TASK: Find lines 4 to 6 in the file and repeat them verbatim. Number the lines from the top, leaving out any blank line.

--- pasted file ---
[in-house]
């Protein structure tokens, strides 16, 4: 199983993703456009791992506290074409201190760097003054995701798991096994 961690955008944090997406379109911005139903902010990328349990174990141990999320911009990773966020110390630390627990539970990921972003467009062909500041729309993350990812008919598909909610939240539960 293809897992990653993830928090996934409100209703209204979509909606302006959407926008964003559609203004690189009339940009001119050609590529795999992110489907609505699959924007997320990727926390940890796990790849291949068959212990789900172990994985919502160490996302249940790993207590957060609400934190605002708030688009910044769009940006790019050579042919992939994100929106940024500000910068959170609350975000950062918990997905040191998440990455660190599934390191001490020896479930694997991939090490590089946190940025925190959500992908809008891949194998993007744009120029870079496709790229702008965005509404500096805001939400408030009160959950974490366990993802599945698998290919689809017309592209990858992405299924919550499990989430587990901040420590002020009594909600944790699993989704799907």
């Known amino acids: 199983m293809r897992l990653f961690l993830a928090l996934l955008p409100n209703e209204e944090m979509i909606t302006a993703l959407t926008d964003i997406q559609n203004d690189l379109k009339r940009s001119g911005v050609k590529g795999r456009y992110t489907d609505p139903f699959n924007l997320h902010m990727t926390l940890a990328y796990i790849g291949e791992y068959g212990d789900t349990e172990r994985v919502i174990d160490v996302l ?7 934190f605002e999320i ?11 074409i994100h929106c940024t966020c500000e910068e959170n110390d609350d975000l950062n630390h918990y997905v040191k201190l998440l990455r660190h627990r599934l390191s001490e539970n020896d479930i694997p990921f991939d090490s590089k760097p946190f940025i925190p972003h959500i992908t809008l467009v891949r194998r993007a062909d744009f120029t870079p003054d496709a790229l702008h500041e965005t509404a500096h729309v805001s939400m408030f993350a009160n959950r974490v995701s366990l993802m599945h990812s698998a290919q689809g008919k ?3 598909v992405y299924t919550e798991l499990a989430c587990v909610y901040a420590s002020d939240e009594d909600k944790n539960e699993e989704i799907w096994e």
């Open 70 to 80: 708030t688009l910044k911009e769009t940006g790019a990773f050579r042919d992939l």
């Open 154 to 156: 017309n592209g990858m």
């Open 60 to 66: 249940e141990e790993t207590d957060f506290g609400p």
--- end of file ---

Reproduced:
């Open 70 to 80: 708030t688009l910044k911009e769009t940006g790019a990773f050579r042919d992939l």
């Open 154 to 156: 017309n592209g990858m």
């Open 60 to 66: 249940e141990e790993t207590d957060f506290g609400p």